A 36-year-old woman presented with a 3-year history of a fluctuating but nonprogressive red streak in the right thumbnail. At times, a small keratosis emerged at the distal edge in line with the streak and caused thumb pain, which negatively affected her work as a painter and decorator. Examination revealed a longitudinal red streak of 1 to 2 mm in width that extended into the matrix. At the distal edge was an irregularity aligned with the streak and a small yellow keratosis beneath the nail plate. Histologic analysis after excision of the streak to the proximal origin revealed nonspecific findings with hyperplasia but no dysplasia. Healing was uneventful, and a normal nail regrew.
A 46-year-old male farmer presented with an 8-month history of a nonprogressing longitudinal split in the left thumbnail (Figure 2). Clinically, a 1.5-mm-wide longitudinal red streak in the nail extended into the matrix. At the distal edge, a split extended up to 4 mm into the nail bed with no underlying keratosis. At surgery, the exposed matrix appeared to bulge at the origin of the streak. Treatment was therefore directed at excising the dermal tissue through a longitudinal incision in the matrix at this site. Histologic analysis revealed hyperplastic glomus structures but no tumor. The nail healed with no streak or split.
Case 4, a nonprogressing longitudinal split in the left thumbnail before (A) and after (B) surgery.
A 58-year-old woman presented with a 3-year history of a nonprogressive red streak in the right thumbnail representing a cosmetic handicap. Clinically, a 2-mm longitudinal red streak in the nail plate extended between the matrix and a distal V-shaped nick with associated keratosis. The patient did not want formal excision with concomitant risk of postoperative dystrophy but requested excision of the distal keratosis and nail bed. This was done without avulsion. There was temporary improvement, but the keratosis regrew within 4 months. There was no other change in the streak or nail. Histologic analysis revealed multinucleated giant cells, parakeratosis, and no dysplasia.
A 75-year-old man presented with a 2-year history of a dual LE of the left thumb. Two streaks, each 1.5 mm wide, extended from the matrix to the free edge. Both contained splinter hemorrhages in the distal 20%. A small keratosis could be found intermittently at the free edge beneath the nail. The abnormality was excised into the matrix. Long-term sequelae included a small field of distal onycholysis but no split. Histologic analysis revealed multinucleated giant cells, parakeratosis, and no dysplasia.
A 70-year-old man complained of a 3- to 4-mm red streak in the nail with minimal discomfort (Figure 3). The streak had enlarged over a 2-year period. Clinically, there was a slight split of the nail distally with a subungual keratosis and associated focal onycholysis. Excision revealed in situ squamous cell carcinoma within the matrix and proximal nail bed. Healing occurred with no split or recurrence over 24 months.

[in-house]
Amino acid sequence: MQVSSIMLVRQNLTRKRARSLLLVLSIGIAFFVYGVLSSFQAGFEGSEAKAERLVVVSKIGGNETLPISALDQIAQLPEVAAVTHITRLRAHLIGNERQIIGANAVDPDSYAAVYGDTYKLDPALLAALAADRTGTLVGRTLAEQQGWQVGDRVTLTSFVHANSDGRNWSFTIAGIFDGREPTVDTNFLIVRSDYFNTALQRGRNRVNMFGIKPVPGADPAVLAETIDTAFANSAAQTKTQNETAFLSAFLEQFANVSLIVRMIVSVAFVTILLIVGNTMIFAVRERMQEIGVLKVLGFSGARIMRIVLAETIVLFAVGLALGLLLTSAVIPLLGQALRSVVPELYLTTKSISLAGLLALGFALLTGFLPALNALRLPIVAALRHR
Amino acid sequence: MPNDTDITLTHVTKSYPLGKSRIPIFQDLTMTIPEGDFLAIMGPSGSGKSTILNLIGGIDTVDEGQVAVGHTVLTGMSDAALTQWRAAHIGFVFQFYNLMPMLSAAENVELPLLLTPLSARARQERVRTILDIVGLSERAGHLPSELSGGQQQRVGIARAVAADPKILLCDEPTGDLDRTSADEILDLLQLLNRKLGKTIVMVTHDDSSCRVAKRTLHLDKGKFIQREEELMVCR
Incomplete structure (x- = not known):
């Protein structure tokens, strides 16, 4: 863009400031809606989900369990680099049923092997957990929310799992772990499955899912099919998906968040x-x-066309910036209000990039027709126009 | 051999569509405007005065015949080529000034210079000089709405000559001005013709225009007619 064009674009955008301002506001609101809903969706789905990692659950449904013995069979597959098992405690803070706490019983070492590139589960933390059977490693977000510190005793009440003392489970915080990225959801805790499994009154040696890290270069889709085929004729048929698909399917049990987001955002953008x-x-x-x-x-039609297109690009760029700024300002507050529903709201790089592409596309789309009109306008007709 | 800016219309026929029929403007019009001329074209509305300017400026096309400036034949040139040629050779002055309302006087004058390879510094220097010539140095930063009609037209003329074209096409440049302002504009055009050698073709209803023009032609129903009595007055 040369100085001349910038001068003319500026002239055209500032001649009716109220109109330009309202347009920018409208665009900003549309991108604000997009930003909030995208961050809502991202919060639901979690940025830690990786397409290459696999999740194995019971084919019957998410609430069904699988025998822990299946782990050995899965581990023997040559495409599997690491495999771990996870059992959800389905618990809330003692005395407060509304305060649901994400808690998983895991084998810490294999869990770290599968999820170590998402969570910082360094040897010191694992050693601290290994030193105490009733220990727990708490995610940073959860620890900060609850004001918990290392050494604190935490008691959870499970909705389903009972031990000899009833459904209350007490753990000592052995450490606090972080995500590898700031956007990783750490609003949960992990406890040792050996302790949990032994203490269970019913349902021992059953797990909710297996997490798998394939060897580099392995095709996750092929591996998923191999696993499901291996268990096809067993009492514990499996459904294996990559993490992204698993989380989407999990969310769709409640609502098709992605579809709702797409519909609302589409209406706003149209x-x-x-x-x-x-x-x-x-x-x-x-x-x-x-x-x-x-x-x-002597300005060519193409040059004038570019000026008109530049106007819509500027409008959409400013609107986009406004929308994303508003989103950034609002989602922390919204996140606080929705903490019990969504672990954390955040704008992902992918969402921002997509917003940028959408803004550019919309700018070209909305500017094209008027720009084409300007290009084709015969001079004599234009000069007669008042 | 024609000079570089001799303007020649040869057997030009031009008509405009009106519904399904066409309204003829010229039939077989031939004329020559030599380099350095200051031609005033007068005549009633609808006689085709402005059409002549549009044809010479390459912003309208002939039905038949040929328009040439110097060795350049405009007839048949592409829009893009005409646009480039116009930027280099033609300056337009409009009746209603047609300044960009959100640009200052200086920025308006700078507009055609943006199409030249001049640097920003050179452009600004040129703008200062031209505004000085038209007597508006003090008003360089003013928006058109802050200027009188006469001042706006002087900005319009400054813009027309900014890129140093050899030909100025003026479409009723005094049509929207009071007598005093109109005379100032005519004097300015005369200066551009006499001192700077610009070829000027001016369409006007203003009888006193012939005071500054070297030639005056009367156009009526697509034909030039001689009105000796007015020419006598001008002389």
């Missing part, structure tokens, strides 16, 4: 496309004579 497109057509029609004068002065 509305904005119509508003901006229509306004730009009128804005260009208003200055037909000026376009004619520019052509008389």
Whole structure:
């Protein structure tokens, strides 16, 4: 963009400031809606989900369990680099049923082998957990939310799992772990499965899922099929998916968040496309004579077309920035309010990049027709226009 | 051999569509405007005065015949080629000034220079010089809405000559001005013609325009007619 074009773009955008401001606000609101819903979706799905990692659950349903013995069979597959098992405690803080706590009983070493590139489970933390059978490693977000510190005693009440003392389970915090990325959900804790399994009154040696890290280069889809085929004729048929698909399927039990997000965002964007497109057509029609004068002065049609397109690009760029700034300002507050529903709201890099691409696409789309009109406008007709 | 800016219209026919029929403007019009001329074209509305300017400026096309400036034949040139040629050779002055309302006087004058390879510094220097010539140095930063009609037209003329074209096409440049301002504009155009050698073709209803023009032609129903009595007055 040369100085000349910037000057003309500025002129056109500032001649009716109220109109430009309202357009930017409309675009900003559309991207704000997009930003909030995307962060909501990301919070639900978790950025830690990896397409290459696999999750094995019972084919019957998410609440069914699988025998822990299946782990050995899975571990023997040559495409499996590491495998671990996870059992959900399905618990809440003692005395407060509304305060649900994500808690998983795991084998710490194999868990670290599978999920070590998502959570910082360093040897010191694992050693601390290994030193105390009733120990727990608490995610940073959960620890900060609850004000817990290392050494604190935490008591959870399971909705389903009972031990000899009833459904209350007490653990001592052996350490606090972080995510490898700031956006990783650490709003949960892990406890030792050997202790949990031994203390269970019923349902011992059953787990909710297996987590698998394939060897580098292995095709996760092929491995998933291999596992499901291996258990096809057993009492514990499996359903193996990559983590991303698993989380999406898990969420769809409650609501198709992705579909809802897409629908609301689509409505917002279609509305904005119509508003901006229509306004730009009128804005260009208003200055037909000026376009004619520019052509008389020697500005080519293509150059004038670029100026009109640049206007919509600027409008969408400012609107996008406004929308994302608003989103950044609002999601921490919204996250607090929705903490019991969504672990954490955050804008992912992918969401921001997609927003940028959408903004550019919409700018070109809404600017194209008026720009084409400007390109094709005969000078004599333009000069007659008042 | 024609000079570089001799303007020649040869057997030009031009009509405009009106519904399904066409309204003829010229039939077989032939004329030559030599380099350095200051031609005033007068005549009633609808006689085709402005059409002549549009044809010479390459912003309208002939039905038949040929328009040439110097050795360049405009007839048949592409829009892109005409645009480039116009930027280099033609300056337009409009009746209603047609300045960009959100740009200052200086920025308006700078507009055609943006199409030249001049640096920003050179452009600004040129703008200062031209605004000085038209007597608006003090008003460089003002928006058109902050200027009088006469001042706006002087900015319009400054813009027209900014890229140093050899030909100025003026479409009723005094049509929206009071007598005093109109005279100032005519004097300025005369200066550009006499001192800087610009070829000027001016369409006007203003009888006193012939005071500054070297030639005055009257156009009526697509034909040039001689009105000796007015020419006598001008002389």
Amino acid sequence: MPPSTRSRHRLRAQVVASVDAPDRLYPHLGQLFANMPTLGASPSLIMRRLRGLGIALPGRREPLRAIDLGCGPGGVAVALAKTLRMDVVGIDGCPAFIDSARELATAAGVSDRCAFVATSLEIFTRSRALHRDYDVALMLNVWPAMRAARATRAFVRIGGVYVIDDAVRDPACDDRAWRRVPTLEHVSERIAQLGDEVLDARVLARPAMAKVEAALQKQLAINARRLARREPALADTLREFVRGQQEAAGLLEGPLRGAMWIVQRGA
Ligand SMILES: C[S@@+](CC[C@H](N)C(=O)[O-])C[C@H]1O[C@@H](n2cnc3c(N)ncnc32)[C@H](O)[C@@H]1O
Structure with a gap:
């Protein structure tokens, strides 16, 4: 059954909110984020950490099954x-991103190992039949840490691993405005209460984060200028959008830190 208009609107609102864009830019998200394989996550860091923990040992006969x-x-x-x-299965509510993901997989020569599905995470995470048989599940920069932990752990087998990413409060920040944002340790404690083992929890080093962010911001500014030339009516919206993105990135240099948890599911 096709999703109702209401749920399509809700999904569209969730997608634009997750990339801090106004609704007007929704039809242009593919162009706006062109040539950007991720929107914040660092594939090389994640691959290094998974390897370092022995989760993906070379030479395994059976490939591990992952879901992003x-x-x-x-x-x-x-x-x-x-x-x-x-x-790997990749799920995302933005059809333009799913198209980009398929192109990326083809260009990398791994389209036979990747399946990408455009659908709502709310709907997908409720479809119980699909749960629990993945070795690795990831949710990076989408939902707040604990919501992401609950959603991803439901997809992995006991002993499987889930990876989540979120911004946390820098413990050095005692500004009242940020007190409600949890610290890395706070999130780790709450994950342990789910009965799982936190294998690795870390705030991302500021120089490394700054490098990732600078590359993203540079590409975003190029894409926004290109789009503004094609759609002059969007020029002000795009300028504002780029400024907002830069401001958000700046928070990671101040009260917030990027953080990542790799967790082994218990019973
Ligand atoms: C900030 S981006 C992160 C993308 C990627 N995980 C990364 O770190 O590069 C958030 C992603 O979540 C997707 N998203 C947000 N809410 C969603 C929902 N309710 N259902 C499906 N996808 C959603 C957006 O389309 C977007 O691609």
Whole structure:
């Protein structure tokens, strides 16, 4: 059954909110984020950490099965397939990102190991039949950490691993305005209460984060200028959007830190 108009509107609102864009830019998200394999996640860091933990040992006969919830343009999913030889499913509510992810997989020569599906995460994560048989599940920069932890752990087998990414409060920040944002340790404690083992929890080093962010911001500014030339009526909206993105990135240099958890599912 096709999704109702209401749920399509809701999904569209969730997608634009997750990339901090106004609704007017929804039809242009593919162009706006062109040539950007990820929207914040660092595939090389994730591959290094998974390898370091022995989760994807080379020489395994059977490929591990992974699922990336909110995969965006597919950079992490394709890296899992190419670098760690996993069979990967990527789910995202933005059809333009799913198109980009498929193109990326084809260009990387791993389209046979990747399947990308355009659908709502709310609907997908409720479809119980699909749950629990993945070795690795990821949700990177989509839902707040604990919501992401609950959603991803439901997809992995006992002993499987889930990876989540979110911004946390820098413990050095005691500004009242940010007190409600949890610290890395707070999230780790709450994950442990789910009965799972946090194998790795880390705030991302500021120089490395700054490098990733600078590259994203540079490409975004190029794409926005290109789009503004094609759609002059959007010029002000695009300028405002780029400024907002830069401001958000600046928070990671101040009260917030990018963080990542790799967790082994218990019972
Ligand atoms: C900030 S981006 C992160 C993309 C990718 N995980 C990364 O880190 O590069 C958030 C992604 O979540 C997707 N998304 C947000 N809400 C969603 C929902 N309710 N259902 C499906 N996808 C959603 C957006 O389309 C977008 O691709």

In situ squamous cell carcinoma presenting as longitudinal erythronychia.
A 57-year-old man presented with the classic history of a glomus tumor of the left third finger causing pain particularly in the cold and at night. A small focal matrix discoloration with a red band extended distally to the free edge. At times, the free edge split, reflecting the thinned nail. There was no distal keratosis. Excision of the dermal matrix tumor through a slit in the matrix epidermis cured the symptoms and clinical signs.
These cases illustrate several important points concerning the clinical presentation, diagnosis, and treatment of localized LE. The problem most commonly presents in the thumb in middle age. The subjective problem may be the inconvenience of catching the fragile split's free edge, discomfort, or an issue of diagnostic or cosmetic concern. Any of these points may overlap.
Many of the surgical and therapeutic considerations are shared with those of a longitudinal melanonychia. A balance must be struck between diagnosis, therapy, and risks of the complications of intervention. Where the disease is definable to the matrix with a dermal tumor such as a glomus tumor, focal dermal excision through a slit in the matrix may result in a cure, as in cases 4 and 8. When distal keratosis is present, longitudinal excision may result in cure as long as it extends all the way back into involved matrix. Excision of the keratotic focus beneath the distal free edge nick does not result in cure, as illustrated by case 5. It also fails to yield accurate diagnostic material and would have represented a false-negative diagnosis in cases 4, 7, and 8. This could be predicted with the clinical origin of the erythronychia reflecting a matrix or submatrix location. However, it may not always be clear whether the keratosis is part of a primary disease or part of an LE. Examination with a dermatoscope can help reveal subtle continuity of the abnormality with the matrix.